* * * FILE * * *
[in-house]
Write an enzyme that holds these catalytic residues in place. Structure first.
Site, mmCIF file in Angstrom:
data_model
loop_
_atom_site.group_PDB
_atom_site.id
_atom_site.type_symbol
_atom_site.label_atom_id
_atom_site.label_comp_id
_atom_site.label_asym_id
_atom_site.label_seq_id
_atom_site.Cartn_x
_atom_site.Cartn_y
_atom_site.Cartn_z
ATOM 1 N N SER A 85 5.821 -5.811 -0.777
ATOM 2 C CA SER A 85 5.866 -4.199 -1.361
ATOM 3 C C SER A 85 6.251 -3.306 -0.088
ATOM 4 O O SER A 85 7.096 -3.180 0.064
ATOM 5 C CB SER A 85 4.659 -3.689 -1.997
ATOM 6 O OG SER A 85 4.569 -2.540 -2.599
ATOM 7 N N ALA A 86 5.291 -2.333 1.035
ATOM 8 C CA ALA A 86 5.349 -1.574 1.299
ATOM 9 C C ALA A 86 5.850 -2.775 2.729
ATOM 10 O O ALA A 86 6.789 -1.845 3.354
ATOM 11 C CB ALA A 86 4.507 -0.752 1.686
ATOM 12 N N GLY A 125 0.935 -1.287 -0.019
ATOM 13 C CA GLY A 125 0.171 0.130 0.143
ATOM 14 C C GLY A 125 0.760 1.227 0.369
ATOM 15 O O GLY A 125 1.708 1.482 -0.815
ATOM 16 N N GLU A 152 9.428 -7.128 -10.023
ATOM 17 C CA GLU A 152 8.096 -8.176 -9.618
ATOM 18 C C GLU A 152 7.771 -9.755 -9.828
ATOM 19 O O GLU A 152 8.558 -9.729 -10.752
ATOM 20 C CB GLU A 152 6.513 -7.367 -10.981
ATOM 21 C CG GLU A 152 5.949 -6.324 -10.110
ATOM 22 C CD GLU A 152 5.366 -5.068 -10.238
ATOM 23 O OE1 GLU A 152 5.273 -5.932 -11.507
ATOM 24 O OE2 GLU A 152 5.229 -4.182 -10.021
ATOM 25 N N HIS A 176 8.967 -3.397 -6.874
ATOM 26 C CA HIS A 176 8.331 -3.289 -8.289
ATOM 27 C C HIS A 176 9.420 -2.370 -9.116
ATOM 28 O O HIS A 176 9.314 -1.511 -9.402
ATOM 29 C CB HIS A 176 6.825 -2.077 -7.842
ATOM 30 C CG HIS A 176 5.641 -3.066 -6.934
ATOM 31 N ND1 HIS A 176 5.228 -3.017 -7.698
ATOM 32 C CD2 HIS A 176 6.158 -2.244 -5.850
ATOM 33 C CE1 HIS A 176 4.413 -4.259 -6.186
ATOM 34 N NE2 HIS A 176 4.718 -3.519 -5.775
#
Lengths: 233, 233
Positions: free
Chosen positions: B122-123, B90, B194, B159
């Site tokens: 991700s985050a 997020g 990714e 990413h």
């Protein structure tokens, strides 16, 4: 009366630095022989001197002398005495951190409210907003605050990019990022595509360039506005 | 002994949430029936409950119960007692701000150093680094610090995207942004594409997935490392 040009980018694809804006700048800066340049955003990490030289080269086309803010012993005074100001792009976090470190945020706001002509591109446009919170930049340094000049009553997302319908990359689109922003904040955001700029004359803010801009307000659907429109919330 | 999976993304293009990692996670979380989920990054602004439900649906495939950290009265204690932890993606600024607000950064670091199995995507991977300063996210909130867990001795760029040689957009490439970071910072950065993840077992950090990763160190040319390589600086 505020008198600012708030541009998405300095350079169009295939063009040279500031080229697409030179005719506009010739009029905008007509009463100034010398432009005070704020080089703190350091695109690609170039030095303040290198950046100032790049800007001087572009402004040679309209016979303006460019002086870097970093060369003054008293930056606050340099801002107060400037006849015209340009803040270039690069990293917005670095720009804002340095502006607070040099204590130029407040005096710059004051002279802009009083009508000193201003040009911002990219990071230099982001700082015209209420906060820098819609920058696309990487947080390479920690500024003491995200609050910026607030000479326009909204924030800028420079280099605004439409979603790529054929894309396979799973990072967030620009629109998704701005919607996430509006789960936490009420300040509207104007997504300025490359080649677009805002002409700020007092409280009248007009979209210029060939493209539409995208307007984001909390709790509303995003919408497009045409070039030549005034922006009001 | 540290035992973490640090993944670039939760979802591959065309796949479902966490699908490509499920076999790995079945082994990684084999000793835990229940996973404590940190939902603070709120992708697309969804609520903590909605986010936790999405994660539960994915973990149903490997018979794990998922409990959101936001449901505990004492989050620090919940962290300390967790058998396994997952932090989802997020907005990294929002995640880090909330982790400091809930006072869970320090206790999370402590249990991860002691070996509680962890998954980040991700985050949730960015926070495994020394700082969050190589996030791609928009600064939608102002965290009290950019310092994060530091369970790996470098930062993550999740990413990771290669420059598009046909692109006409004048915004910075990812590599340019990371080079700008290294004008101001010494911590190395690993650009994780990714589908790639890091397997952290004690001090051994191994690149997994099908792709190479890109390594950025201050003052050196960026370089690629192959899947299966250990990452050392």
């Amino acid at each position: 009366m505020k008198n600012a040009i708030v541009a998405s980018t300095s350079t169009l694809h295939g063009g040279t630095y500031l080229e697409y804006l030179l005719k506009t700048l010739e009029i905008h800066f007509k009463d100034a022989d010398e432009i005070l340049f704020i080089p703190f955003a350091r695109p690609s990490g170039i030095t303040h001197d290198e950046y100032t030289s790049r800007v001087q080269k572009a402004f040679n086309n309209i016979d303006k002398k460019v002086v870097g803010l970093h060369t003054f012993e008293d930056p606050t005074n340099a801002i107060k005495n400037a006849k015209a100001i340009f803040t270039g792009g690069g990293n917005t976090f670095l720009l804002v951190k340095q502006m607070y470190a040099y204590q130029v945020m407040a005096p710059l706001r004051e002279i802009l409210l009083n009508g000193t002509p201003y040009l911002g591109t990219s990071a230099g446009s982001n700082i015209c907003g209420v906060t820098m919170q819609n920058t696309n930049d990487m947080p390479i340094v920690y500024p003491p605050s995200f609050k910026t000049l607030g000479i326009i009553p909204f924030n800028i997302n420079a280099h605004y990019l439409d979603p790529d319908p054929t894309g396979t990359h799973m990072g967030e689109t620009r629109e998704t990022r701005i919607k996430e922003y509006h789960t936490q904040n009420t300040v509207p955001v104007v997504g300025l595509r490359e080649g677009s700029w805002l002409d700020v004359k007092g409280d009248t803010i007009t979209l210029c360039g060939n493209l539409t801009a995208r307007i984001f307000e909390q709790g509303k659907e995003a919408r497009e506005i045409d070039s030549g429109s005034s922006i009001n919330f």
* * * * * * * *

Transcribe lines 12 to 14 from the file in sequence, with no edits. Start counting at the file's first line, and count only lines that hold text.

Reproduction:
_atom_site.label_seq_id
_atom_site.Cartn_x
_atom_site.Cartn_y